Hunters and landowners interested in deer management know that the bread and butter of white-tailed deer’s diet are browse plants. Although a deer would prefer to eat higher-in-protein forbs, those plants are primarily only available during the spring and fall. Though ideal deer foods consists of preferred browse plants and high protein forbs, many of these plants are not as abundant as they could be across the landscape.
Good deer habitat always has some wooded component. This woody structure provides screening shelter, overhead protection, and food from both leaves and mast. This wooded component can range from brushland to mid-story tree species to mixed forests of a variety of species. Deer habitat can vary a great deal from place to place, but too much wooded area can become a detriment to deer and the plants they eat. Proper habitat management practices, however, can make the most out of the land you hunt.
If someone were to ask me what an ideal deer property would look like habitat-wise, I would suggest an open property that was dotted with woody plant species that comprise 50% of the land cover. In short, a property that is near 50% open and 50% wooded would be great from a deer food perspective. But what is the downside of having too many trees? Shade — sunlight can not reach the ground.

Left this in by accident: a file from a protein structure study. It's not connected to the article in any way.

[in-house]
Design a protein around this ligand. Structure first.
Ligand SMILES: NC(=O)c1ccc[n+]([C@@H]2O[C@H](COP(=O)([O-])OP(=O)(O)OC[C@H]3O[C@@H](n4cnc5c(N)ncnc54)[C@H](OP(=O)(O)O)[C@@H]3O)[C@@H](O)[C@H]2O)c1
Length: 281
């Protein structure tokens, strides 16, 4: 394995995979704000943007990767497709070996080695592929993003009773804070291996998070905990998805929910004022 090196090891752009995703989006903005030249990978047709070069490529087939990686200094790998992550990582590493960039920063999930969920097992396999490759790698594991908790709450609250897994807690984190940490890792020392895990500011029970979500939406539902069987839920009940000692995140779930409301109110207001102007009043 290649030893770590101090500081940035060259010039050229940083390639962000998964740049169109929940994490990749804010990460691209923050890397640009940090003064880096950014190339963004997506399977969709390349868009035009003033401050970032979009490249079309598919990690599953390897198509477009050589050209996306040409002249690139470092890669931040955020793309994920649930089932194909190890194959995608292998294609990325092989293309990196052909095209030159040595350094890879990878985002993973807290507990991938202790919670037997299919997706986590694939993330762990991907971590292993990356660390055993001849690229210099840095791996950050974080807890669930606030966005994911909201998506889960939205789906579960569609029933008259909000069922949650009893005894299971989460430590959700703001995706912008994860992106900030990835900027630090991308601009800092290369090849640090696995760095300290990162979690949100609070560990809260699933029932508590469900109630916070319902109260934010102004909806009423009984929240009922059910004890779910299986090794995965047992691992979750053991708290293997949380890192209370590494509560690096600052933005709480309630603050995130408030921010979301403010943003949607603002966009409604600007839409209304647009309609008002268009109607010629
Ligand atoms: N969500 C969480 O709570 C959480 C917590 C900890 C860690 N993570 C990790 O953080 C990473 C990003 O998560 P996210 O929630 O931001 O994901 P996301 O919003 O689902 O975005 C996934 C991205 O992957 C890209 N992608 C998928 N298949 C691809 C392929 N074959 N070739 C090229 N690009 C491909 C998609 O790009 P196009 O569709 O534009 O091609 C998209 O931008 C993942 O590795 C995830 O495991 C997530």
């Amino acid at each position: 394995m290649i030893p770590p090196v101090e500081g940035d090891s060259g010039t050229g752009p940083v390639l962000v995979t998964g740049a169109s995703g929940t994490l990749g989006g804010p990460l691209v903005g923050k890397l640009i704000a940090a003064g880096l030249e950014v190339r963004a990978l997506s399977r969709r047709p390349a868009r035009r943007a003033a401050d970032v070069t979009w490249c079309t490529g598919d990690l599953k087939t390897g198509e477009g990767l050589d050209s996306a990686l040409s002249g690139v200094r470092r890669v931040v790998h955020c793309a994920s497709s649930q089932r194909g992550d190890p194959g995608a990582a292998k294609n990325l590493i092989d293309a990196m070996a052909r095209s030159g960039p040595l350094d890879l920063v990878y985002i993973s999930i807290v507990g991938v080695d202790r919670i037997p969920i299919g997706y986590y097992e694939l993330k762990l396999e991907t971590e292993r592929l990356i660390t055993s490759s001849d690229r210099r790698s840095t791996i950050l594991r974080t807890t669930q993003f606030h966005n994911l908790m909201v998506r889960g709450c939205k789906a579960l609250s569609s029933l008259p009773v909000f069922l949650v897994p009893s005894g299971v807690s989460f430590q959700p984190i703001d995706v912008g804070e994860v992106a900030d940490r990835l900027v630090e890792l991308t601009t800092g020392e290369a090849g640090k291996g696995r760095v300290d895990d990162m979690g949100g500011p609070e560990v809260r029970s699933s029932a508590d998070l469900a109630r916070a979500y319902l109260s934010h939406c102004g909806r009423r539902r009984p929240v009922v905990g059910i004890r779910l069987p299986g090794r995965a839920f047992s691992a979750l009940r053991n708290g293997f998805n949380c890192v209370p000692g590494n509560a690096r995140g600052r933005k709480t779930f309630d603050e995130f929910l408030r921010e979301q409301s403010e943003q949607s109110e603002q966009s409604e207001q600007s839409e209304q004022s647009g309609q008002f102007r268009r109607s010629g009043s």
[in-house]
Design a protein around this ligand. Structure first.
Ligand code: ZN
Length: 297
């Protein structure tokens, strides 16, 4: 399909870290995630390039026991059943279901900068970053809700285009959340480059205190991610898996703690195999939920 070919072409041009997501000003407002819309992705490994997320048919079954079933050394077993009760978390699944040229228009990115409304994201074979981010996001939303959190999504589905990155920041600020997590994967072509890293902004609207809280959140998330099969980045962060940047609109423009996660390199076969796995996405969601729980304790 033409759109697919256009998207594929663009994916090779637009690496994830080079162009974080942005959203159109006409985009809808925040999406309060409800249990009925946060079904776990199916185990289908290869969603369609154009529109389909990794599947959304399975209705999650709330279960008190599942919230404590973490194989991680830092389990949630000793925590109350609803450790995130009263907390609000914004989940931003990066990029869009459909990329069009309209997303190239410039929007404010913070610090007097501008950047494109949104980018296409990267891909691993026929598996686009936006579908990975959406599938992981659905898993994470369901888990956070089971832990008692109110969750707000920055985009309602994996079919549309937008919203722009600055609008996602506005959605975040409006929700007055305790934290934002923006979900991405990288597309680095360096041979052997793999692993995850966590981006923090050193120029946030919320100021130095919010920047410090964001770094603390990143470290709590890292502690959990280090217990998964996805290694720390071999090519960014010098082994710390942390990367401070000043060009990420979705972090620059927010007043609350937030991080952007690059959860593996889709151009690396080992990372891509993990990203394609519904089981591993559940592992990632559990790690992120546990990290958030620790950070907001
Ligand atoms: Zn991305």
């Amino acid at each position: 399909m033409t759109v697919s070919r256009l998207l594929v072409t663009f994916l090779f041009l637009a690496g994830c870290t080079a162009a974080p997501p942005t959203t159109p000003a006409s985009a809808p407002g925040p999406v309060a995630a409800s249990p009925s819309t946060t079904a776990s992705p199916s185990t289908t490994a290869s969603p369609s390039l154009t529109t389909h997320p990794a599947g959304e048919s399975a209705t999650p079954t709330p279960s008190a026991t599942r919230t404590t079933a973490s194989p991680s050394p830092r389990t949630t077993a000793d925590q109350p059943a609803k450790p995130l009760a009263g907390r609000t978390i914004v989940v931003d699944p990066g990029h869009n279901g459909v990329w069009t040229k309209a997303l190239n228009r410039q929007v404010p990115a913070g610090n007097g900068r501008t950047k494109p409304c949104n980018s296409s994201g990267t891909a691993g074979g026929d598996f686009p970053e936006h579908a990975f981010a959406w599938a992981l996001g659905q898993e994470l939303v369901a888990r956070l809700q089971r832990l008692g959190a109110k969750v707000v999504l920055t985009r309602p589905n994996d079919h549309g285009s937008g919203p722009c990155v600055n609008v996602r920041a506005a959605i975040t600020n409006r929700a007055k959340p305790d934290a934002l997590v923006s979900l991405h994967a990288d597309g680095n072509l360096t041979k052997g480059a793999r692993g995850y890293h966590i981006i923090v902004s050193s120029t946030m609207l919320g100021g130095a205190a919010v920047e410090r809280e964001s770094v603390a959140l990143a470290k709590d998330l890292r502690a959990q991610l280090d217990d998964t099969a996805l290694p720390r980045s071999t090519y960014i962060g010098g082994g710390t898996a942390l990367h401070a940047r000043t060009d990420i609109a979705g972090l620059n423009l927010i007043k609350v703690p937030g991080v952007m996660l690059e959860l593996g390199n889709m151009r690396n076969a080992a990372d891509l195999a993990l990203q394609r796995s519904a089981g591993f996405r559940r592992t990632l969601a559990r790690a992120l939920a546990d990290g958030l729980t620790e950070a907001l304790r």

If sunlight can not reach the ground then plants will not grow there. Browse plants are great, but only if a deer can reach them. The problem in many wooded areas is that much of the browse is found in the forest canopy and is inaccessible to deer. So let’s take a page from the guys that are out there producing plants for money. In the timber production industry, periodic tree thinning is regularly used to reduce competition for sunlight.
In every wooded area, thinning can greatly increase browse production. To a white-tailed deer, some tree species are much more desirable than others. With that said, habitat management practices that involve tree thinning should target the removal of undesirable tree species. Tree thinning will open up the canopy, allowing desirable deer browse such as blackberry, honeysuckle, poison ivy, grape, and young oak species to establish and flourish.
In addition, sunlight that reaches the ground will pay dividends in the form of high-quality forbs. Always remember that although browse plants comprise the bulk of a whitetail’s diet, preferred forbs are THE most nutritious deer food. These high protein “weeds” will only grow were adequate sunlight exists. Tree thinning is a habitat management technique that can improve the quantity and quality of deer foods found on any property dominated by woodlands.
The remaining trees will also benefit from reduced crowding and deep-root competition. Less competition for water and sunlight means more production from mast-producing trees. This, in turn, means even more food for deer in thinned woodlands. Property owners interested in whitetail deer management should consider woodland thinning and the removal of undesirable tree species as a beneficial habitat management practice.